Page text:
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  • Ryan Bernardoni

2018 NBA Draft Pick Value Card


Two years ago I created an NBA Draft Pick Value Card modeled after the ones commonly used in the NFL. You can find the original details here; the basic model has not changed. I did find a few players who still had name overlaps in the basketball-reference data and fixed those, though they make almost no difference. The analysis uses win shares, minutes played, and award from the first five seasons of a career so this update adds in the 2013 class.


The 2013 draft was a very strange one, but the data that goes into the analysis goes back to 1985 so any single class doesn't make much of a difference. In each of the past two years the values have shifted slightly but not in any substantial way. I'll continue to update it each yeah, but barring a change in the overall model the value line will stay around where it is now.

Shortly after I released the first edition of the card, Kevin Pelton published a similar project for ESPN. Pelton has a much longer track record on things like this than I do, so understandably his gets referenced a lot more often than mine does. In the first version of his card the values were quite a bit different. In the current version, his value line has come down to be much closer to mine.

The main difference between our pick values is that I don't force a drop between Rounds 1 and 2. The contract structures are different, which is a factor in Pelton's and not mine, but we both think that the player value is very similar. Additionally, I believe that it depends on team circumstances if they would actually prefer the flexibility of a second round pick or the draft rights exception, and commensurate guaranteed contract, or a first rounder.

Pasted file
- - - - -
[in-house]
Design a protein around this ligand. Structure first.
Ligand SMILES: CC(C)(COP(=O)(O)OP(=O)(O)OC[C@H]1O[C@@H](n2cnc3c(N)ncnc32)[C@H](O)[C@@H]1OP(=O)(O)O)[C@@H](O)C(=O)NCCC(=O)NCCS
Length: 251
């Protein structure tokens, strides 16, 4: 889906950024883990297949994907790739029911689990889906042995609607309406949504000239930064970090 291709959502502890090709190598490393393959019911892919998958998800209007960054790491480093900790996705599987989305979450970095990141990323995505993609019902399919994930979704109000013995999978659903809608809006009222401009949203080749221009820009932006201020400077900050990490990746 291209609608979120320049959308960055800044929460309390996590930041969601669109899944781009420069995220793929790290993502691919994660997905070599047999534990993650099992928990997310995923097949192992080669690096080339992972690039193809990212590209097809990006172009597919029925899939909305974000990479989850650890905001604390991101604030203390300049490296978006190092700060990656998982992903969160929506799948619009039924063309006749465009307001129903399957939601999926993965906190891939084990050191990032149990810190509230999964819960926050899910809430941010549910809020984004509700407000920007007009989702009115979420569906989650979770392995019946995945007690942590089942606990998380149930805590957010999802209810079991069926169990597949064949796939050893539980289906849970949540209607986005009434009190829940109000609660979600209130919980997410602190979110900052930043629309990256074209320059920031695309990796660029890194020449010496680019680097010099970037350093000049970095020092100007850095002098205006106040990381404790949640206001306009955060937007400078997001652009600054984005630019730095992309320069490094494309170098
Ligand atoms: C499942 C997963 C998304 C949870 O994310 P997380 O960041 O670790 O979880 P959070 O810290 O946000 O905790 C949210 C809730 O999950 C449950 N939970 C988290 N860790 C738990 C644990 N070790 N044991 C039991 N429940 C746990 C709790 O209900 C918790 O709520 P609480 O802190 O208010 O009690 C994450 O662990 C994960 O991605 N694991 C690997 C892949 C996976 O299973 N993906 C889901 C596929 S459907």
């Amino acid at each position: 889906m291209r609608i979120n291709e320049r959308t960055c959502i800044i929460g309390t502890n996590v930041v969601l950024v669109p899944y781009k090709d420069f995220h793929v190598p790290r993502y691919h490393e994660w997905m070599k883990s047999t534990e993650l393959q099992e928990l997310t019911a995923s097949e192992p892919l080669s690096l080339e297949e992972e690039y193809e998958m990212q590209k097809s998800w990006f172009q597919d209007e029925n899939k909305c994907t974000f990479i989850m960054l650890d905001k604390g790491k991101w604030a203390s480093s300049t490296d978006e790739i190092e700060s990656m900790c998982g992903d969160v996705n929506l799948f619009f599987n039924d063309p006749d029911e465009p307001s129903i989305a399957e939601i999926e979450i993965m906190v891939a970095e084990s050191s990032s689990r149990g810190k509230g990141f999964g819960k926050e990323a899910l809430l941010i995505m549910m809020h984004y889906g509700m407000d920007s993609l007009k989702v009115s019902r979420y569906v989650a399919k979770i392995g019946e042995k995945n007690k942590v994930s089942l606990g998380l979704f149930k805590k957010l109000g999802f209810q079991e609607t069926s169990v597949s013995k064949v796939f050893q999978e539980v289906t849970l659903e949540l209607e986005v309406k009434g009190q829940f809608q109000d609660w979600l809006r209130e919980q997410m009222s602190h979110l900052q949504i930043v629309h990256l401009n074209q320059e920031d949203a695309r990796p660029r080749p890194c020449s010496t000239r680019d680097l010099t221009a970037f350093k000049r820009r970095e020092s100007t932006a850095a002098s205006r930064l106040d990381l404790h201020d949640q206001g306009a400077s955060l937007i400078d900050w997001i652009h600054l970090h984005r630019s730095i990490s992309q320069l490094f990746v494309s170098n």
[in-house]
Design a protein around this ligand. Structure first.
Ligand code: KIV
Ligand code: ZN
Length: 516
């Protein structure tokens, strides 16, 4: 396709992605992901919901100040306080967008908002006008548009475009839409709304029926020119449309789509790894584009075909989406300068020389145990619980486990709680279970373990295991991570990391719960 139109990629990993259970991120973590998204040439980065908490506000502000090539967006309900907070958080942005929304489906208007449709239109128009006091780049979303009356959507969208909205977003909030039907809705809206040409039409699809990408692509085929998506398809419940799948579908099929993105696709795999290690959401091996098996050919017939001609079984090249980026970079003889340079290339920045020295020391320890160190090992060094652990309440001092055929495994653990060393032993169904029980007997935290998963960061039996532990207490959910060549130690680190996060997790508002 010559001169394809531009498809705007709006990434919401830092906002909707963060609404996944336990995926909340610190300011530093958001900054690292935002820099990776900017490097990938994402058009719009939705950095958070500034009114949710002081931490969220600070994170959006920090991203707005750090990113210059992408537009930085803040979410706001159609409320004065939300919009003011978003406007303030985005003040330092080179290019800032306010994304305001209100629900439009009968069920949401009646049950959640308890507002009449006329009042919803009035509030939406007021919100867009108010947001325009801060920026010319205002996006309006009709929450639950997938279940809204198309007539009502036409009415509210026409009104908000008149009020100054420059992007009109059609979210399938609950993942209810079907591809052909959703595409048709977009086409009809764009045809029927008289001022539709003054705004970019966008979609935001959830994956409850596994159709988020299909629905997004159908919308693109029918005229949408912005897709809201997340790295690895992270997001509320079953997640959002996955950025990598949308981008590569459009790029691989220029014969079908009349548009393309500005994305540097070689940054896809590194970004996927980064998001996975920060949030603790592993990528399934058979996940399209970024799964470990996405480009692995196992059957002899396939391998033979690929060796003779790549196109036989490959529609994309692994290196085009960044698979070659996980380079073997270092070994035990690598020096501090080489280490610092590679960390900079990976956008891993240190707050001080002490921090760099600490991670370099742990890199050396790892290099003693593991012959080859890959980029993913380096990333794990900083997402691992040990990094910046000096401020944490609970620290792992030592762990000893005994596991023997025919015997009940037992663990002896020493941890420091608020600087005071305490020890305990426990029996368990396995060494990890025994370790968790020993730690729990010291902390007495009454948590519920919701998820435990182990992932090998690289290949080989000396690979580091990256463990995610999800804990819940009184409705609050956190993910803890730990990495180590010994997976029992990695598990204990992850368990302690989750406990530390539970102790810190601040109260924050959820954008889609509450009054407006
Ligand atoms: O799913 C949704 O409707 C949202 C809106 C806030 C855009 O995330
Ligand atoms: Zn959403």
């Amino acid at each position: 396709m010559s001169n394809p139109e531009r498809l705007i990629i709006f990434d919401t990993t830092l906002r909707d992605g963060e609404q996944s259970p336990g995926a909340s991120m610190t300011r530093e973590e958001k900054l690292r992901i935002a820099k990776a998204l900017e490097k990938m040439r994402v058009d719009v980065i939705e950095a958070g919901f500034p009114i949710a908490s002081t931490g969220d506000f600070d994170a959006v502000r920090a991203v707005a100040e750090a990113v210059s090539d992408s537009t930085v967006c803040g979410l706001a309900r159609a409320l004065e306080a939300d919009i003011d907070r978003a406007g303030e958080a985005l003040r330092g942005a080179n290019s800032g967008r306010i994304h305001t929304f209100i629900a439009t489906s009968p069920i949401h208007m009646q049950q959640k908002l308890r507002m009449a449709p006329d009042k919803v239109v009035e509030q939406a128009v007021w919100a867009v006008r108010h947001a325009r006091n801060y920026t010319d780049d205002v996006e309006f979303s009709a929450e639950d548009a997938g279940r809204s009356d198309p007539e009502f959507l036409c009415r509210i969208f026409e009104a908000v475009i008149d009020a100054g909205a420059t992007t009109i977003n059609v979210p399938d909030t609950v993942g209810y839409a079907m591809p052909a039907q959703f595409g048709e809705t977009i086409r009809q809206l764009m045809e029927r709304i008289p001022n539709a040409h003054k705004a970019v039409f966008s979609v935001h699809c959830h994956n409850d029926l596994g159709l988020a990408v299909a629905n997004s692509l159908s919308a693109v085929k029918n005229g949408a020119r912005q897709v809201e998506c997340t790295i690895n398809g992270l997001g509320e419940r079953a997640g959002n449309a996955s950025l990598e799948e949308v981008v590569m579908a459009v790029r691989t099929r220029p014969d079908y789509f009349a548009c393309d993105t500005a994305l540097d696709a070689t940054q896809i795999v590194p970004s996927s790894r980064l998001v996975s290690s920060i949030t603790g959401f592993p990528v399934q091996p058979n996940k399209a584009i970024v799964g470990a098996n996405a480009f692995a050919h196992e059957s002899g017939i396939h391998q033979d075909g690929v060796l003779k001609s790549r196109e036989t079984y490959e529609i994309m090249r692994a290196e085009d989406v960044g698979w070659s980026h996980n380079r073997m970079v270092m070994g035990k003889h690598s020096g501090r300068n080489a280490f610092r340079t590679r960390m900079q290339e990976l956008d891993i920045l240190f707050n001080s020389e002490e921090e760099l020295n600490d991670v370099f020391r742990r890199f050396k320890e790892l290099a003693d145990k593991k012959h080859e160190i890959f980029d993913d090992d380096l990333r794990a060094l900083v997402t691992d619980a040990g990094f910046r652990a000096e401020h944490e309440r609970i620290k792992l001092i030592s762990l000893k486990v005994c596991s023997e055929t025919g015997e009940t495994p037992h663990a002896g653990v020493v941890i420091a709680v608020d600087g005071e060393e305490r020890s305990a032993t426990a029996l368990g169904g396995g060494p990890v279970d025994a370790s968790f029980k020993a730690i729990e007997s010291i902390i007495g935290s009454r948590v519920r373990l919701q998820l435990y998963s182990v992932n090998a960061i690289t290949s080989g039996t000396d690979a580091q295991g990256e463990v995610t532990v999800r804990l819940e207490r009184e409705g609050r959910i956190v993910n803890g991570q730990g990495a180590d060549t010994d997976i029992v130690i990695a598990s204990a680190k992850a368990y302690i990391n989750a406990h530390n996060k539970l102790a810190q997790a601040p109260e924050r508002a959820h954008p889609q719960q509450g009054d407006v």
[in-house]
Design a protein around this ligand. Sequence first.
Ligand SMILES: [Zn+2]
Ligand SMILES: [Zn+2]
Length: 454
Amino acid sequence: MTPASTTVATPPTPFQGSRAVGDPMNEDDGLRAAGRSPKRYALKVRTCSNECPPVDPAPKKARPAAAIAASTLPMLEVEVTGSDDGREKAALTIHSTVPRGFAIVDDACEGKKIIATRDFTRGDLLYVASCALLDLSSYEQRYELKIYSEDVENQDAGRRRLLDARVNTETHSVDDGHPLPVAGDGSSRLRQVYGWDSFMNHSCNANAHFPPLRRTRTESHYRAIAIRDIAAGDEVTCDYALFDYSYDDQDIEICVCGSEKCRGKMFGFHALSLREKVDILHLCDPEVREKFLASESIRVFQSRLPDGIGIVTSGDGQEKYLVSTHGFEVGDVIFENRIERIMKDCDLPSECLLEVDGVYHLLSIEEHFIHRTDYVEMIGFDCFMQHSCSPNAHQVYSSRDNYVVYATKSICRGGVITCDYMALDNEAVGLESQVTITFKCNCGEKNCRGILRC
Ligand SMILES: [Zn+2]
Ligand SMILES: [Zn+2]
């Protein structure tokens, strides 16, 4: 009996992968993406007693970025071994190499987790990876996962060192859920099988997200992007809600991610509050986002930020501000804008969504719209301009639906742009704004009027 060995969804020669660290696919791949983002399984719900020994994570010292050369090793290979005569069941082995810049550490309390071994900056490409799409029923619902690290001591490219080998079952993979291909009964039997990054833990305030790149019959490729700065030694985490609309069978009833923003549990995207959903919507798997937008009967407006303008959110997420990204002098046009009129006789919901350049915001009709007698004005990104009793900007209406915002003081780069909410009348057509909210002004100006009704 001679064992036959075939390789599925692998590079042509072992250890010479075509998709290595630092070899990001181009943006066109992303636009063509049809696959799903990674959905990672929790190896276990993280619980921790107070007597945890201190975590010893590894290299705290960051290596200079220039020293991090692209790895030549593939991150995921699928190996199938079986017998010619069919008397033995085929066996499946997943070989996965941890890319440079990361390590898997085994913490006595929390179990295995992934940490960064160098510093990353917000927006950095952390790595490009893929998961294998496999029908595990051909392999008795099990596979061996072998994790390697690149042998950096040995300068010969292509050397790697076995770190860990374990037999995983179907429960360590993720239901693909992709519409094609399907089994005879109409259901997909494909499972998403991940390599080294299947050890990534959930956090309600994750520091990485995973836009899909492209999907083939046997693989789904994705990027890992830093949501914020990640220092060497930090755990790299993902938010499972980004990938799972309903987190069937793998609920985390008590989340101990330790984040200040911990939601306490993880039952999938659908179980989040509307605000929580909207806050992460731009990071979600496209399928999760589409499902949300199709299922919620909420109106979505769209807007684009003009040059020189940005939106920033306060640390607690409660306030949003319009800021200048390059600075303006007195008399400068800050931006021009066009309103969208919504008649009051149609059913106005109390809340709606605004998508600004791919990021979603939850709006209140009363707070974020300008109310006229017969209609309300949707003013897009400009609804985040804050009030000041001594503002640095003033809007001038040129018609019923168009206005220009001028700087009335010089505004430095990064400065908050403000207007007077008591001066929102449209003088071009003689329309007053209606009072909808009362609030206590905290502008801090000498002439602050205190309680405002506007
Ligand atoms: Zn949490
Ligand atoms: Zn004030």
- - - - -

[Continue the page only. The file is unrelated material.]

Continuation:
The other difference between our cards where it's not contract-related is that he believes that there's more a drop-off from #1 to #3 than I do, and that forces them to split from picks 2-7. Still, the difference between where he values the 3rd pick and I do is the equivalent value to about the 40th pick in the draft, so it's still not very big. In general, I think that the fact that the value lines are similar but have some noticeable differences is an indication that my project came out pretty accurately.


It also worth noting that this is much more a theoretical thing than it is in the NFL. In football, where rosters are big and lots of people play significant numbers of snaps, it's common for there to be trades involving lots of picks. In the NBA, no one really wants to trade four 20th picks for one 1st pick. Even if the value over time has historically been the same, the team with four players wouldn't be able to fit them on the roster and develop them and then get them on the floor.


In that way, this tool is helpful for judging the sort of standard 2-for-1 trades that happen in the NBA, or in trying to value swaps or player for pick trades, but not for much more than that.


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